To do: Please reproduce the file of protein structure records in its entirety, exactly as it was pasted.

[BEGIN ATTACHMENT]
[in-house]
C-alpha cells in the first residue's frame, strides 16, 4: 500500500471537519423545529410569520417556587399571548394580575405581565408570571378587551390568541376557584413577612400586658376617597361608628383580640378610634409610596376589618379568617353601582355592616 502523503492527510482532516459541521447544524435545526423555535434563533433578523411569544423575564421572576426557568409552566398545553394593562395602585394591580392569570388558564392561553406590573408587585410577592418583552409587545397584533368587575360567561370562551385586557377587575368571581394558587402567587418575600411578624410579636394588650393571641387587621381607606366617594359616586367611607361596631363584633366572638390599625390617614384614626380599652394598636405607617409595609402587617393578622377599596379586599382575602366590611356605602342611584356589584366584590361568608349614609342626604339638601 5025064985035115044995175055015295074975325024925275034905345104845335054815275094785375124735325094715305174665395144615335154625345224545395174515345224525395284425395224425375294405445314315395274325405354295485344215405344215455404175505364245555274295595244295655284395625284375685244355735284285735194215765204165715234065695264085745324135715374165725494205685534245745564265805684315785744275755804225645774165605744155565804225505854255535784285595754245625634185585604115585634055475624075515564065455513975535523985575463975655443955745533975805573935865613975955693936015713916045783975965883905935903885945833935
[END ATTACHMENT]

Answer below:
[in-house]
C-alpha cells in the first residue's frame, strides 16, 4: 500500500471537519423545529410569520417556587399571548394580575405581565408570571378587551390568541376557584413577612400586658376617597361608628383580640378610634409610596376589618379568617353601582355592616 502523503492527510482532516459541521447544524435545526423555535434563533433578523411569544423575564421572576426557568409552566398545553394593562395602585394591580392569570388558564392561553406590573408587585410577592418583552409587545397584533368587575360567561370562551385586557377587575368571581394558587402567587418575600411578624410579636394588650393571641387587621381607606366617594359616586367611607361596631363584633366572638390599625390617614384614626380599652394598636405607617409595609402587617393578622377599596379586599382575602366590611356605602342611584356589584366584590361568608349614609342626604339638601 5025064985035115044995175055015295074975325024925275034905345104845335054815275094785375124735325094715305174665395144615335154625345224545395174515345224525395284425395224425375294405445314315395274325405354295485344215405344215455404175505364245555274295595244295655284395625284375685244355735284285735194215765204165715234065695264085745324135715374165725494205685534245745564265805684315785744275755804225645774165605744155565804225505854255535784285595754245625634185585604115585634055475624075515564065455513975535523985575463975655443955745533975805573935865613975955693936015713916045783975965883905935903885945833935